Is All Fair in Love and Hip-Hop?


Amongst news of fake baby bumps, false hospital sightings, and extravagant delivery quarters, there was one issue that the birth of Beyoncé and Jay-Z’s daughter Blue Ivy unexpectedly brought up: the use of the word “bitch” in rap.

The issue has never really gone away, and it was bound to resurface the minute Jay-Z put out a song that wasn’t as thoughtful and reflective as “Glory.” But a fake poem and wishful thinking spun things out of control and society believed what it wanted to—that the word bitch was making its exit out of hip-hop vernacular.

But should we really have expected that? After all, Jay-Z’s got the hottest bitch in the game wearing his chain, right? Except Beyoncé isn’t just his bitch now, she’s his wife. And if the Brooklyn rap king hadn’t laid the b-word down since exchanging vows with her in 2008, what made us think he would now just because he has a daughter?

By no means is this situation specific to hip-hop’s hottest couple. Plenty of rappers with wives, girlfriends, and significant others make constant references to the sexual favors “bitches” and “hoes” who aren’t their wives perform on them–all while their “main bitch,” i.e., their wives, are at home, most likely caring for their children. Given the natural transition from lyrics about selling on the block to “look what I’ve got,” my only question is when do all of these rappers’ lyrics begin to grow up with their changed lifestyle?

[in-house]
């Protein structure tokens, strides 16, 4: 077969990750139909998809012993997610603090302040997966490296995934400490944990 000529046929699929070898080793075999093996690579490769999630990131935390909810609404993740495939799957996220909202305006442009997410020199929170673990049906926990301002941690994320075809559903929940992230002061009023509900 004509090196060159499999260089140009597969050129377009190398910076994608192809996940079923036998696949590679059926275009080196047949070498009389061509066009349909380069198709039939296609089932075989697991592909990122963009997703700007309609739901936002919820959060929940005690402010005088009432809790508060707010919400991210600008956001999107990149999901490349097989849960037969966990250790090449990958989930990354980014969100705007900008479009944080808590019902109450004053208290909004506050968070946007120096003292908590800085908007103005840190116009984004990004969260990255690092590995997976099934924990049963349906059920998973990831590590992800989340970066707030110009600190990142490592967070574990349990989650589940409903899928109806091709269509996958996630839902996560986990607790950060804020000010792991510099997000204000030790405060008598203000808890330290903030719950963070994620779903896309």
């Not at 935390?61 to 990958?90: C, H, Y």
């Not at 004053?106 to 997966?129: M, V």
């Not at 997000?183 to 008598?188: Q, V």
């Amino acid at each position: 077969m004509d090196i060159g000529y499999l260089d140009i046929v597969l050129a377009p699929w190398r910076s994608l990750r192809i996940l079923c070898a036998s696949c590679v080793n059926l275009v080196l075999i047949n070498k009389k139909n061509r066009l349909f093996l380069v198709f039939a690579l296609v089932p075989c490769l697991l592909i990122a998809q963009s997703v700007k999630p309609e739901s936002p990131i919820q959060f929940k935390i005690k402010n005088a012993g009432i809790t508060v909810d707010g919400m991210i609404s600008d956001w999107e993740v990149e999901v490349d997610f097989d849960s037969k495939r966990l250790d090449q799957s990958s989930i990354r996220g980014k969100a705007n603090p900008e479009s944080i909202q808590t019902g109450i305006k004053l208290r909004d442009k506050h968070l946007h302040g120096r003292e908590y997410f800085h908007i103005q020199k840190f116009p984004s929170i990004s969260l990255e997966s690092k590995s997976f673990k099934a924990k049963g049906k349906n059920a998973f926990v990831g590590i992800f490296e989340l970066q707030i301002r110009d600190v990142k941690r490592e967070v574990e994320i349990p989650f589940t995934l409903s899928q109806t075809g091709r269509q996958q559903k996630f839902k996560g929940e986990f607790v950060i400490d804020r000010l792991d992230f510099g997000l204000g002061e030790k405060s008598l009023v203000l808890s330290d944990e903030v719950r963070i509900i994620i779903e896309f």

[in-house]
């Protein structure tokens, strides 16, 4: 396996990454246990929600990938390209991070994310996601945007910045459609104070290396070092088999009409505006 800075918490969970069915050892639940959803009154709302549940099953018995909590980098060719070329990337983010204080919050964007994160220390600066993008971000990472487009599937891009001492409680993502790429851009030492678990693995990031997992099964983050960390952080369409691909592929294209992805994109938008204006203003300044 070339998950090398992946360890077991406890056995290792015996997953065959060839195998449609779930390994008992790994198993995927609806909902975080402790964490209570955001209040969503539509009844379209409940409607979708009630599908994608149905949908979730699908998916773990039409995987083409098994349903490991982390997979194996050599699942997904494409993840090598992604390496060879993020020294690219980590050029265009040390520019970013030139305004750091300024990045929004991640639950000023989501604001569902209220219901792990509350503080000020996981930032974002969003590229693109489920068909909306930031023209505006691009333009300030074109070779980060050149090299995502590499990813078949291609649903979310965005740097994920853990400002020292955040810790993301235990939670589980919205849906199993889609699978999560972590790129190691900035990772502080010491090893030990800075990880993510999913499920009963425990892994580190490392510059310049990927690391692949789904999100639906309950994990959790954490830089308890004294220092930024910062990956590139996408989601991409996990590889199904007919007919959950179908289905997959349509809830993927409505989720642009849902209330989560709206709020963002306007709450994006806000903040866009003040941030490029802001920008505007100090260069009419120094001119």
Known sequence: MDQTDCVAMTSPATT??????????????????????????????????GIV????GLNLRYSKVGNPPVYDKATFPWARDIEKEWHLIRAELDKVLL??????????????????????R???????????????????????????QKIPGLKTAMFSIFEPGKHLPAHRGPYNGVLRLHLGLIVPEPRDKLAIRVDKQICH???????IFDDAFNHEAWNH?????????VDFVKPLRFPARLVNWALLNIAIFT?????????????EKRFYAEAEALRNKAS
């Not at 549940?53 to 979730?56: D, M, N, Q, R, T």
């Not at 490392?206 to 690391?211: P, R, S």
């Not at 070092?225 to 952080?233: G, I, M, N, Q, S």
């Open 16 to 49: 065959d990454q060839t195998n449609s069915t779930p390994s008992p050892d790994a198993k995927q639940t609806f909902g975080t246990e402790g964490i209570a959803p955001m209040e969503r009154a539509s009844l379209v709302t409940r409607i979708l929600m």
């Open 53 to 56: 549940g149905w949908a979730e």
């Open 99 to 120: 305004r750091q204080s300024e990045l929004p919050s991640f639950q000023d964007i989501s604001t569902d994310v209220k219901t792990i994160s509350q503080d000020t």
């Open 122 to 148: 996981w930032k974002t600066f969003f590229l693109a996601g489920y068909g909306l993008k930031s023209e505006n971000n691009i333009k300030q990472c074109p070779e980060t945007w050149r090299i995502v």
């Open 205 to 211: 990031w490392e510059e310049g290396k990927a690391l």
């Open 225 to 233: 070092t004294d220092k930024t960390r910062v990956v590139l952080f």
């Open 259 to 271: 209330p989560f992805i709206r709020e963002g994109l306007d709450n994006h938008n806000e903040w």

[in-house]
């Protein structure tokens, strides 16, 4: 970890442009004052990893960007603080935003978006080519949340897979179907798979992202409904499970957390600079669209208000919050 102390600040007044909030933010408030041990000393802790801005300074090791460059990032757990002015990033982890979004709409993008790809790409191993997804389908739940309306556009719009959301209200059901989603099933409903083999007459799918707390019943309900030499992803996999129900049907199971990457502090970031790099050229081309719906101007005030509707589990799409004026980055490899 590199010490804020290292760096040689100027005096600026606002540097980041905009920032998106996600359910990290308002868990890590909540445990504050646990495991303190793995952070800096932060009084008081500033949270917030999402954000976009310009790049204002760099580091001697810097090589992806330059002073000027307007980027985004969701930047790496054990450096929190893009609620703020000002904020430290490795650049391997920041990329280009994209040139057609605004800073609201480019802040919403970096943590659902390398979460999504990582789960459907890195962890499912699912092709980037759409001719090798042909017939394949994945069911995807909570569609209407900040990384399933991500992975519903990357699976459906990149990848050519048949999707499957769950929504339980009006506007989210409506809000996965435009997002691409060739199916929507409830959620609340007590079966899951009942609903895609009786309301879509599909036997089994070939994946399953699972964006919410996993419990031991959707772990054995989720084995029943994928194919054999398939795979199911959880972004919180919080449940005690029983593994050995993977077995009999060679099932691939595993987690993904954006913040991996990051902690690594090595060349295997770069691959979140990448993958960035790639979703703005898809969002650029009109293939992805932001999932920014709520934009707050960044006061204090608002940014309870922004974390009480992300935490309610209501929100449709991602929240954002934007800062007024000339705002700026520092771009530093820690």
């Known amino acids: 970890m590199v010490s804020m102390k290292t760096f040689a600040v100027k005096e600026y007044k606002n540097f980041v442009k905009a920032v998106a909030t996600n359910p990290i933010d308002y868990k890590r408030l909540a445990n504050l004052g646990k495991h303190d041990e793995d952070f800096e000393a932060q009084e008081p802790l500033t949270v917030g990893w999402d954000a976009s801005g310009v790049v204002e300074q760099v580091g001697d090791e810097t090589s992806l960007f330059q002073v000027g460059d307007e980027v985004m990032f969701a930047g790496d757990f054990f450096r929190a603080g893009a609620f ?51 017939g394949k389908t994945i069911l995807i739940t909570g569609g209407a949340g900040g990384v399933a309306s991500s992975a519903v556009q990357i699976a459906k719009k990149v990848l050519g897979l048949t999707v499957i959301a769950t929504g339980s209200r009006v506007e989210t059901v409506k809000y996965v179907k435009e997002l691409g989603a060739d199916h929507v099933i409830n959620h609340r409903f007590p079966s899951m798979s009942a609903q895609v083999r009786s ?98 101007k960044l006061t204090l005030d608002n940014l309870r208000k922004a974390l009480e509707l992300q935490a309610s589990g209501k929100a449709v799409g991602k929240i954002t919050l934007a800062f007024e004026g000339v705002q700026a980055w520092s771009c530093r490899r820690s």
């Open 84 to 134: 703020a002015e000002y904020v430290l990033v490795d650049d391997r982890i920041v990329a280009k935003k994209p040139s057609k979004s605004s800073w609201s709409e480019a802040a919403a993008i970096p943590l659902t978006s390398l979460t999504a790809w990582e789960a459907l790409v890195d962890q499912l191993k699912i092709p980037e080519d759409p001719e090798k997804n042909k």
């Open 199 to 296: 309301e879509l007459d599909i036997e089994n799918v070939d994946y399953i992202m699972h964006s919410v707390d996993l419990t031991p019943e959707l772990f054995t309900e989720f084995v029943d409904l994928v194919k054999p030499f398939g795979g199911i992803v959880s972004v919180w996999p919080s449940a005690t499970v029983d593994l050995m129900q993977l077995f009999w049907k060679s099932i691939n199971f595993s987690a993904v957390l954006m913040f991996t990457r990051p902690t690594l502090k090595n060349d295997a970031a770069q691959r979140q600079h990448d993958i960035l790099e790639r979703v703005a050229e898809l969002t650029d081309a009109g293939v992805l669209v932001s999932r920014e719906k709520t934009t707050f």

I don’t necessarily get squeamish about the use of the b-word. After all, tons of women use it on a regular basis to describe themselves, other women and even some men. But I do wonder how that dynamic plays out in these rappers’ real relationships. Is the expectation of being referred to as a bitch and having the bodies of other women explicitly described in your man’s lyrics just one of the prices you pay to be in that position, sort of the same way politician’s wives are expected to swallow infidelity and stand by their man during a press conference?